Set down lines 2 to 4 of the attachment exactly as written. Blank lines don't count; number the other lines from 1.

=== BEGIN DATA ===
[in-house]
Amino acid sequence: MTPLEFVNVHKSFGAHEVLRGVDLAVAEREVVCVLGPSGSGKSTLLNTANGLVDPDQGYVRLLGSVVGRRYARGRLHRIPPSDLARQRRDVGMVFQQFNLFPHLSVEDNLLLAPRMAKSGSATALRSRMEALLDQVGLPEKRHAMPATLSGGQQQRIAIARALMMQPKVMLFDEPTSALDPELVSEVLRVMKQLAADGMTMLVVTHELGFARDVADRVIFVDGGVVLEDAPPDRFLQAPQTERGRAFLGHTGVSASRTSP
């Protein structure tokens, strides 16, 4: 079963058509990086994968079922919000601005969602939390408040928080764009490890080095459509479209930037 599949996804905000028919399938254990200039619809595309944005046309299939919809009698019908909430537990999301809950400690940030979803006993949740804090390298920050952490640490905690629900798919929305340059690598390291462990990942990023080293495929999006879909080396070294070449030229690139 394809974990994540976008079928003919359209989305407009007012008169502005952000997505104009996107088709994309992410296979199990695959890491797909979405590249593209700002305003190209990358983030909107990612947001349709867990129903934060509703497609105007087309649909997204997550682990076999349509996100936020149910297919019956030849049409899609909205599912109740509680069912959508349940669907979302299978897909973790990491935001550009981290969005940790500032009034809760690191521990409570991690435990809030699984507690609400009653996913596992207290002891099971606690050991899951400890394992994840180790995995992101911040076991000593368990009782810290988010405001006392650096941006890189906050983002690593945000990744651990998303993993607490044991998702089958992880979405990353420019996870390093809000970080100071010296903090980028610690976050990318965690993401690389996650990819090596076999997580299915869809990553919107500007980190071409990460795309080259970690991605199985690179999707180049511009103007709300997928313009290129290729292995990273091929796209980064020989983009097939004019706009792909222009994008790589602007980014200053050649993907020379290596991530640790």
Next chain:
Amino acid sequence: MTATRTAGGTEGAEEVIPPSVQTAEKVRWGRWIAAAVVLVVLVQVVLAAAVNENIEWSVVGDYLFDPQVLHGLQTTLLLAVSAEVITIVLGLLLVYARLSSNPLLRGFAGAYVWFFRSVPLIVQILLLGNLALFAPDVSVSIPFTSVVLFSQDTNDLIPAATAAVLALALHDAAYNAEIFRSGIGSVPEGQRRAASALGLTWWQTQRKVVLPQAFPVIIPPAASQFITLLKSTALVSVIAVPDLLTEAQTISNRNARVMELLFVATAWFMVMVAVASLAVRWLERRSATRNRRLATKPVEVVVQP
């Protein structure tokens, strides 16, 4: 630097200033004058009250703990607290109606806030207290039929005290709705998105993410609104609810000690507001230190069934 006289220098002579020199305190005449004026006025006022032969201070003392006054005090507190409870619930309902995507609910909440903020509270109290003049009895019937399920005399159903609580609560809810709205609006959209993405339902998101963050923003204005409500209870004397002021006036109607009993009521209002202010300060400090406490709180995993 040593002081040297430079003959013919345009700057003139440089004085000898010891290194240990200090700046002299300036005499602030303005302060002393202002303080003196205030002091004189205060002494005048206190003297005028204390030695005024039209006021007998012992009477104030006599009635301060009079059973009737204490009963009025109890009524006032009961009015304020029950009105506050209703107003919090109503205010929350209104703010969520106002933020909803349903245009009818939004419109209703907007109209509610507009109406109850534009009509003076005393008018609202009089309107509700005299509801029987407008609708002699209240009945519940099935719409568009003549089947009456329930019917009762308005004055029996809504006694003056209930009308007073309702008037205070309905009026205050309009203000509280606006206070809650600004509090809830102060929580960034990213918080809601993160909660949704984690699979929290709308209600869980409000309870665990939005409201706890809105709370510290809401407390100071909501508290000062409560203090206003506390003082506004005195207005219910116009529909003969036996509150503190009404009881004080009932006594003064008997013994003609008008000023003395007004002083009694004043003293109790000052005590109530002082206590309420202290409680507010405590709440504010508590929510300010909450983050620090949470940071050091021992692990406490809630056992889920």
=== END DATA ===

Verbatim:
Amino acid sequence: MTPLEFVNVHKSFGAHEVLRGVDLAVAEREVVCVLGPSGSGKSTLLNTANGLVDPDQGYVRLLGSVVGRRYARGRLHRIPPSDLARQRRDVGMVFQQFNLFPHLSVEDNLLLAPRMAKSGSATALRSRMEALLDQVGLPEKRHAMPATLSGGQQQRIAIARALMMQPKVMLFDEPTSALDPELVSEVLRVMKQLAADGMTMLVVTHELGFARDVADRVIFVDGGVVLEDAPPDRFLQAPQTERGRAFLGHTGVSASRTSP
């Protein structure tokens, strides 16, 4: 079963058509990086994968079922919000601005969602939390408040928080764009490890080095459509479209930037 599949996804905000028919399938254990200039619809595309944005046309299939919809009698019908909430537990999301809950400690940030979803006993949740804090390298920050952490640490905690629900798919929305340059690598390291462990990942990023080293495929999006879909080396070294070449030229690139 394809974990994540976008079928003919359209989305407009007012008169502005952000997505104009996107088709994309992410296979199990695959890491797909979405590249593209700002305003190209990358983030909107990612947001349709867990129903934060509703497609105007087309649909997204997550682990076999349509996100936020149910297919019956030849049409899609909205599912109740509680069912959508349940669907979302299978897909973790990491935001550009981290969005940790500032009034809760690191521990409570991690435990809030699984507690609400009653996913596992207290002891099971606690050991899951400890394992994840180790995995992101911040076991000593368990009782810290988010405001006392650096941006890189906050983002690593945000990744651990998303993993607490044991998702089958992880979405990353420019996870390093809000970080100071010296903090980028610690976050990318965690993401690389996650990819090596076999997580299915869809990553919107500007980190071409990460795309080259970690991605199985690179999707180049511009103007709300997928313009290129290729292995990273091929796209980064020989983009097939004019706009792909222009994008790589602007980014200053050649993907020379290596991530640790």
Next chain: